James, the Brother of Jesus (book) - Mothering Forums
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#1 of 8 Old 10-17-2004, 07:55 PM - Thread Starter
 
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Would anyone like to discuss the book James, the Brother of Jesus by Robert Eisenmann with me? While I know MDC might seem like a strange place to bring this up, I've noticed there are so many very smart mamas here. I just got this book out of the library and I am finding it absolutely fascinating!

Here is part of what is on the back of the (1074 page) book:

James was a vegetarian, wore only linen clothing, bathed daily at dawn in cold water, and was a life-long Nazirite. In this profound and provocative work of scholarly detection, eminent biblical scholar Robert Eisenmann introduces a startling theory about the identity of James-- the brother of Jesus, who was almost entirely marginalized in the New Testament.

Drawing on long overlooked early Church texts and the Dead Sea Scrolls, Eisenmann reveals in this groundbreaking exploration that James, not Peter was the real successor to the movement we now call "Christianity." In an argument with enormous implications, Eisenmann identifies Paul as deeply compromised by Roman contacts...

In delineating the deliberate falsifications in New Testament documents, Eisenmann shows how as James was written out, anti-Semitism was written in..."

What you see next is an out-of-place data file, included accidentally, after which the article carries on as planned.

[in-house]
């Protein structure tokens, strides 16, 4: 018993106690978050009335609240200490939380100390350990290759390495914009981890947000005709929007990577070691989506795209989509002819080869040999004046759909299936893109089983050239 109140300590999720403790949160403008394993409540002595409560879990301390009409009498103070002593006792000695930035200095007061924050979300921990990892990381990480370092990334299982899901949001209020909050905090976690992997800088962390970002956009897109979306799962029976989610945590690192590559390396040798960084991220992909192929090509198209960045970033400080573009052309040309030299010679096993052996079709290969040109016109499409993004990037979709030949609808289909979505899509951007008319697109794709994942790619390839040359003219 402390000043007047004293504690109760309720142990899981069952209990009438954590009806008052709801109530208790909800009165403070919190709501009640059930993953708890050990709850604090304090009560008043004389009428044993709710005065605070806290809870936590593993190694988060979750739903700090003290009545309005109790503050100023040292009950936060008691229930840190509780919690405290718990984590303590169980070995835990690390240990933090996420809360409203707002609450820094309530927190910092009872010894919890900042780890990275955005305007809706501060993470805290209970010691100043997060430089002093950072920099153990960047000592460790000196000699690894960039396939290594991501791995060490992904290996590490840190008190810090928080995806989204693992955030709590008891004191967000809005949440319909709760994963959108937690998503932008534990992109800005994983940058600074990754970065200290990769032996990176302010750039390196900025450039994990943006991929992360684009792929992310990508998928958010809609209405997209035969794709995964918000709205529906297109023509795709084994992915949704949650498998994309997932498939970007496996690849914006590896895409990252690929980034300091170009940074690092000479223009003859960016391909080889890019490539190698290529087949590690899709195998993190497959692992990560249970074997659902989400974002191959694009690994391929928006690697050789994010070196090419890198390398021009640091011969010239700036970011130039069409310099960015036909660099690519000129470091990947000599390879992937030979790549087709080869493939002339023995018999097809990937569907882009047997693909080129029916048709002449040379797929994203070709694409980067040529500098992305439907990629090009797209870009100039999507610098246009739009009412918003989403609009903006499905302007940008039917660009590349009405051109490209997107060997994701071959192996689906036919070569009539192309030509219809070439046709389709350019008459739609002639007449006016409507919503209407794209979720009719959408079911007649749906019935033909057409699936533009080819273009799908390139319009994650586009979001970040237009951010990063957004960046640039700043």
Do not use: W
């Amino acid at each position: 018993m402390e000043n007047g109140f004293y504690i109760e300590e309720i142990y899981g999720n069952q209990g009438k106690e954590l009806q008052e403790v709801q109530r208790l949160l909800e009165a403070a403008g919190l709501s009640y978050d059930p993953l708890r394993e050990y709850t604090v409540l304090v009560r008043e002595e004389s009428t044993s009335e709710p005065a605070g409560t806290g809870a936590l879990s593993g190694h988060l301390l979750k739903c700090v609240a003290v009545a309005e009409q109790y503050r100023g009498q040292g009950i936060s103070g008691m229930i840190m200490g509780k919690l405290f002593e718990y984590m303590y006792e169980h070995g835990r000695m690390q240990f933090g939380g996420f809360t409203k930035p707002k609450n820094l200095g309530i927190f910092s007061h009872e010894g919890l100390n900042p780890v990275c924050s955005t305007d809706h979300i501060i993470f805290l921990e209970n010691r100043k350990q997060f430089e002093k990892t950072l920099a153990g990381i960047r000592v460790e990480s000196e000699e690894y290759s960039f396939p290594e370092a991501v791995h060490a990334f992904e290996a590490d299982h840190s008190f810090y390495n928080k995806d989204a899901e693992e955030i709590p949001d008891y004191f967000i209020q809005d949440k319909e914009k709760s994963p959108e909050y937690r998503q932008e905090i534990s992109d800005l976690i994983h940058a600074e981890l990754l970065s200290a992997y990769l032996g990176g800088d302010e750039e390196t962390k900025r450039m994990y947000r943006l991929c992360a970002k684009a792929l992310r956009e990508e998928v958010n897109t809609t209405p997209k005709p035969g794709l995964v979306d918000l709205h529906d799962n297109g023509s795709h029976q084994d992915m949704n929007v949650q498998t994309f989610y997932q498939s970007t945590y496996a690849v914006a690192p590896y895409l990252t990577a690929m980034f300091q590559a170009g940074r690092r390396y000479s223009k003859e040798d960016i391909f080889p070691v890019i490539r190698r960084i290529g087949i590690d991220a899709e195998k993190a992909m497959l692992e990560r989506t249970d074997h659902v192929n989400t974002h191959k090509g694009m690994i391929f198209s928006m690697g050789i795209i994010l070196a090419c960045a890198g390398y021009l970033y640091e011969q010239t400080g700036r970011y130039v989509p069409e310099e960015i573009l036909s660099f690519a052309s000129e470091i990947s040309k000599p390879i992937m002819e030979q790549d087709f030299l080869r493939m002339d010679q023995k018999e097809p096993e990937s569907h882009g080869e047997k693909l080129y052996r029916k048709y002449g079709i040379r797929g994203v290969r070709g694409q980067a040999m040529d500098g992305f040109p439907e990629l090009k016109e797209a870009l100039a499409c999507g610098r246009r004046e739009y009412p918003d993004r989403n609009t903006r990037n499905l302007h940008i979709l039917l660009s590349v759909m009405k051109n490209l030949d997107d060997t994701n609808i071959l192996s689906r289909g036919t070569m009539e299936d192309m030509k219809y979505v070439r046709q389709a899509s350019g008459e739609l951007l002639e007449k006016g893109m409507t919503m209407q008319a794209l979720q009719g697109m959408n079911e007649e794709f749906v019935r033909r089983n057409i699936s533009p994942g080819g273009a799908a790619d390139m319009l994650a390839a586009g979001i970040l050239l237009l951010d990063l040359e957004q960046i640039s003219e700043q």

Has anyone else read this book? What did you think? I have never before found a book that has such clear detection into Paul's anti Semitism.
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#2 of 8 Old 10-17-2004, 08:02 PM
 
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Gosh, I would love to read that book someday. I have often looked at i on Borders' bookshelf. It is a biggie, isn't it?

Got a big stack I am right in the middle of right now however.

The Incredible Shrinking Son of Man by Robt Price has some stuff on James that is probably similar to what is in the big book. His theory is along the lines, James was not Jesus's brother, John the B was not his cousin. They were competing prophets or leaders who were grafted onto the Jesus story when his popularity won out.

James was the "Teacher of Righteousness" in the Qumran commuity?